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Catalytic Conversion of Model Tars over Carbon-Supported Ni and Fe

Department of Wood Engineering, Chemical Engineering School, University of Bio-Bio, Concepcion 4030000, Chile
Group of Nanomaterials and Catalysts for Sustainable Processes (NanoCatpPS), Wood Engineering Department, University of Bio-Bio, Concepcion 4030000, Chile
Department of Chemical Engineering, University of Concepcion, Concepcion 4030000, Chile
Unit of Technological Development, University of Concepcion, Concepcion 4030000, Chile
Fraunhofer UMSICHT, Institute for Environmental, Safety and Energy Technology, 46047 Oberhausen, Germany
Authors to whom correspondence should be addressed.
Catalysts 2018, 8(3), 119;
Received: 9 February 2018 / Revised: 5 March 2018 / Accepted: 15 March 2018 / Published: 17 March 2018
PDF [1784 KB, uploaded 3 May 2018]


Tar removal from gasification gases is a determinant step to guarantee the operational feasibility of gasification-to-chemicals/energy systems. This study aimed to develop novel carbon-supported catalysts for the elimination of tarry aromatics (toluene, naphthalene and benzene) from gasification gases. Effects of reaction temperature (700 < T < 900 °C) and catalyst nature (Fe0 and Ni0) on the activity were assessed by considering thermo-catalytic conversion and steam reforming, under a simulated gasification gas. The catalysts (Ni and Fe) and support (AC) were characterized by X-ray diffraction (XRD), N2 physisorption, thermogravimetric analysis (TGA), transmission electron microscopy (TEM) and compositional analyses. Both catalysts and support, presented a mesoporous-like texture with a considerable high surface area (690 < SBET < 743 m2/g). Furthermore, dispersion of the metal nanoparticles (active phase) was uniform as confirmed by TEM images. Results from activity tests suggest that Ni/AC has higher effectivity for converting tars than Fe/AC, as confirmed by the low apparent activation energies (34 < Eapp < 98 kJ/mol) for naphthalene and benzene conversion between 700 and 900 °C. The conversion was 100% above 850 °C; nevertheless; below 750 °C, a sharp reduction in benzene conversion was observed, which was attributed to reversible carbon deposition. View Full-Text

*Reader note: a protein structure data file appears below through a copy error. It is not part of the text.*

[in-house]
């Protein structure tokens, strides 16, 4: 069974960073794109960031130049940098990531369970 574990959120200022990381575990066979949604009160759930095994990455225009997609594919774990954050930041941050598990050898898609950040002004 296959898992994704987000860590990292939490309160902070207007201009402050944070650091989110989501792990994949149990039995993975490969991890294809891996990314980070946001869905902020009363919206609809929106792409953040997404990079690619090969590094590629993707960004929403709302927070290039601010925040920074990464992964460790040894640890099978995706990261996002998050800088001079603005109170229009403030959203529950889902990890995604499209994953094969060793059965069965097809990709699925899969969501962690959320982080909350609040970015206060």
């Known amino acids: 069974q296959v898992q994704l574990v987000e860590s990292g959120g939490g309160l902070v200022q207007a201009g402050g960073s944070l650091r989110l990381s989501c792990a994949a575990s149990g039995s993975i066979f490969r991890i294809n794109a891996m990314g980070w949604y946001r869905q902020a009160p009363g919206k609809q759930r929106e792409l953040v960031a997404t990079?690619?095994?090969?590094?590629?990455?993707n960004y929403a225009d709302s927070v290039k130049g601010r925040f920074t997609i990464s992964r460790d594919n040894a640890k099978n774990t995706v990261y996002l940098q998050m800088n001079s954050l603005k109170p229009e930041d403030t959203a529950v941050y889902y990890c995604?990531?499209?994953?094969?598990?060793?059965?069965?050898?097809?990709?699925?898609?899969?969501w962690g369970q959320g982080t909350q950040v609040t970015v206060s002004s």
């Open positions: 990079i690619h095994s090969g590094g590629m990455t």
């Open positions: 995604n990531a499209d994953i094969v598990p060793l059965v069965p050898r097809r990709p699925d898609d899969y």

Keywords: activated carbon; tars; catalytic gas upgrading activated carbon; tars; catalytic gas upgrading

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Arteaga-Pérez, L.E.; Delgado, A.M.; Flores, M.; Olivera, P.; Matschuk, K.; Hamel, C.; Schulzke, T.; Jiménez, R. Catalytic Conversion of Model Tars over Carbon-Supported Ni and Fe. Catalysts 2018, 8, 119.

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